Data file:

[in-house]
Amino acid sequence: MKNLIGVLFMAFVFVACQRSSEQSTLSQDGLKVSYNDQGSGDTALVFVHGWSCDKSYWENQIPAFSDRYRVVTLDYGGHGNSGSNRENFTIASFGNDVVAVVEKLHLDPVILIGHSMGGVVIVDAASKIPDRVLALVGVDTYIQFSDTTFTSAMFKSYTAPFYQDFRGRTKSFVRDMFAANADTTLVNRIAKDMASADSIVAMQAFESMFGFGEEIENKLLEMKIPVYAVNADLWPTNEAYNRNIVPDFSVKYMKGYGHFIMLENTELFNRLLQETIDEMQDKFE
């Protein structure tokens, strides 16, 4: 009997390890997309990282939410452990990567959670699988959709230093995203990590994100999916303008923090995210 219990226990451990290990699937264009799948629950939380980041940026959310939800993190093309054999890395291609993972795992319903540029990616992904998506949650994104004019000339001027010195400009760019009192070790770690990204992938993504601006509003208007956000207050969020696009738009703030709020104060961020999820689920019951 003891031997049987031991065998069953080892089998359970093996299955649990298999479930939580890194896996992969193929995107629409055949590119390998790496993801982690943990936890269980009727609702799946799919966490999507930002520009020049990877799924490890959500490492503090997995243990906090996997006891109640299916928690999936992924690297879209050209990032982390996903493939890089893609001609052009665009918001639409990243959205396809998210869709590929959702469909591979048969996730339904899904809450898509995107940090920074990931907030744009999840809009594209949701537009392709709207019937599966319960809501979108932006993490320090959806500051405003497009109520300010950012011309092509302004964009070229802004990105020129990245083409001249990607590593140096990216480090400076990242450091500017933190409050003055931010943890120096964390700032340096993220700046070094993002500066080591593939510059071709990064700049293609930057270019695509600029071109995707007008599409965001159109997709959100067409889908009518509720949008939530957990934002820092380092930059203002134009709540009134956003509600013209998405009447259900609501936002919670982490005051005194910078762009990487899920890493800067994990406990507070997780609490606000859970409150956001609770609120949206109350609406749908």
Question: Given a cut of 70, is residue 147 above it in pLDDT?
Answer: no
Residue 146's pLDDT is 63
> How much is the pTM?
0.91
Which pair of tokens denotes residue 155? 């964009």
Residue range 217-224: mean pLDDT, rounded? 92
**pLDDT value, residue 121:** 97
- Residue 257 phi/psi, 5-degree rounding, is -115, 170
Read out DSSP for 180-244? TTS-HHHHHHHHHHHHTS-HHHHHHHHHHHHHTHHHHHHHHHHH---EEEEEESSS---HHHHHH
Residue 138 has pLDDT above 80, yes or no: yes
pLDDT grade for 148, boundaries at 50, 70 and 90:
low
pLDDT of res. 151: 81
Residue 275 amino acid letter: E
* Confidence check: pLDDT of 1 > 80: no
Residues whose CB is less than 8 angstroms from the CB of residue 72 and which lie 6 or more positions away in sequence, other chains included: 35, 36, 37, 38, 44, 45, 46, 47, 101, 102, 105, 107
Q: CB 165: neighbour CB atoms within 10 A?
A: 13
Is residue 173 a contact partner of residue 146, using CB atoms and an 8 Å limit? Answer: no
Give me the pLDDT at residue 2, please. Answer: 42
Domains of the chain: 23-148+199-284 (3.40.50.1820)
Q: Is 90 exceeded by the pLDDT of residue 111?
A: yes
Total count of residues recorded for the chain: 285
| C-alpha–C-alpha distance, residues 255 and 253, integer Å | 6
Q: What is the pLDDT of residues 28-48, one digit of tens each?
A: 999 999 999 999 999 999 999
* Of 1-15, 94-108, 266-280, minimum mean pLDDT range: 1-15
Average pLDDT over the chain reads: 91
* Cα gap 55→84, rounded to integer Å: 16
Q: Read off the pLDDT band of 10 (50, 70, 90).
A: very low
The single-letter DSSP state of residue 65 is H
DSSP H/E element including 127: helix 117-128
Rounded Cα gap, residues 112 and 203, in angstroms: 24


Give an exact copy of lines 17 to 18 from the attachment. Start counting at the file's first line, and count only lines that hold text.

pLDDT of res. 151: 81
Residue 275 amino acid letter: E